Thursday, November 7 was a fateful day for the courts in America.
By an 86-2 margin, the U.S. Senate approved William Nardini to a lifetime appointment on the Second Circuit Court of Appeals — Trump’s 45th appointment of an appeals-court judge. On the same day, the Senate Judiciary Committee approved another judicial nominee of Trump’s, Steven Menashi, an ally of Stephen Miller and Education Secretary Betsy DeVos with a history of inflammatory statements about Islam, LGBT people, and race. Menashi’s nomination now goes to the Senate floor where it appears likely he too will be confirmed to a lifetime position on the Second Circuit. If confirmed, Menashi would fill the seat once held by Thurgood Marshall.
Nardini’s confirmation is a terrifying new milestone for Trump: One out of every four judges at the circuit court level is now a Trump appointee. Here’s another statistic: In less than three years, Trump has appointed 45 appeals-court judges, while President Obama appointed 55 appellate judges in his eight years in office. The explanation for Trump’s success is the same for Obama’s failure to appoint more: Mitch McConnell.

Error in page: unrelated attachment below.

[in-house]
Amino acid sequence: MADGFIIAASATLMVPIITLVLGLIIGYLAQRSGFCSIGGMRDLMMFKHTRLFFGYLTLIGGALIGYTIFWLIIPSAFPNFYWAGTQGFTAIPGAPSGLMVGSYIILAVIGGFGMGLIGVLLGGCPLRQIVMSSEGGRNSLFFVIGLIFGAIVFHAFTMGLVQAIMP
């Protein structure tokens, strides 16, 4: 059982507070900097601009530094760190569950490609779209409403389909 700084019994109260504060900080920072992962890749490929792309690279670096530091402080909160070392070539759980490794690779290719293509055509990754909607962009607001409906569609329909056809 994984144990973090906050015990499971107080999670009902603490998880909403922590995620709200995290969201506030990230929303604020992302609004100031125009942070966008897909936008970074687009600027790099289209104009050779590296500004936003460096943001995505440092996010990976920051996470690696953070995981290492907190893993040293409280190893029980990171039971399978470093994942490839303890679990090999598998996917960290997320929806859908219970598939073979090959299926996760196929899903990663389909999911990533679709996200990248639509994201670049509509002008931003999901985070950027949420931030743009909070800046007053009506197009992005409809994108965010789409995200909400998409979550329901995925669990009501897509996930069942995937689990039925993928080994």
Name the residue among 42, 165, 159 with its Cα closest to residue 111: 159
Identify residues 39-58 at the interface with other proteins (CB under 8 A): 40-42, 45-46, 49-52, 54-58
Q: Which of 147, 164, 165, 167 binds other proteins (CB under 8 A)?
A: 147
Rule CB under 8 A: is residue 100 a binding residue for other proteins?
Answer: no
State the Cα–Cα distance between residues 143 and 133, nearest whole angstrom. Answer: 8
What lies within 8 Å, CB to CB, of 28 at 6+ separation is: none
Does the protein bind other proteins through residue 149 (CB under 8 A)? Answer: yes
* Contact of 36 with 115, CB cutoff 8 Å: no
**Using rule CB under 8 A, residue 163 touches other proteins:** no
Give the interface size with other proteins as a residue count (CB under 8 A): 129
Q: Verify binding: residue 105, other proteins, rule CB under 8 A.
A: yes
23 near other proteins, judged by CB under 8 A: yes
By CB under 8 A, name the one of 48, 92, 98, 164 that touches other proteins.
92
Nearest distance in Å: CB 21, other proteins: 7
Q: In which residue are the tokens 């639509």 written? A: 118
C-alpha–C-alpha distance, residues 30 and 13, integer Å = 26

Few politicians in modern history have grasped the importance of stacking the courts with ideological allies — and done more to realize that vision — than McConnell. After taking control of the Senate in 2015, the Kentucky Republican spent the the final years of Obama’s presidency blocking new judicial appointments. The result was Trump entered office with 112 vacancies to fill. At a White House press conference this week touting his success with judicial appointments, Trump described how McConnell urged him to keep his focus on judges. “Of course, I’d like to get some other people confirmed too,” Trump said. “Mitch would say, ‘Well, we got to do the judges first.’”
Trump’s two appointees to the Supreme Court often get most of the attention when it comes to this administration’s judicial track record, but the circuit courts are the “de facto Supreme Court to the vast majority” of Americans, as Sen. Dianne Feinstein (D-Calif.). The Supreme Court hears only 70 or 80 cases a year; the nation’s nine circuit courts hear close to 60,000 cases. “These are the judges that have the greatest influence,” John Malcolm of the Heritage Foundation told me last year. “The buck stops at the courts of appeals.”
And it’s not just that Trump has appointed new judges at a blistering pace. These judges skew young — their average age is less than 50, which means they’ll serve for decades. They’re overwhelmingly white — data kept by the Federal Judicial Center says only six of Trump’s new appellate judges are non-white. Only one is a woman of color.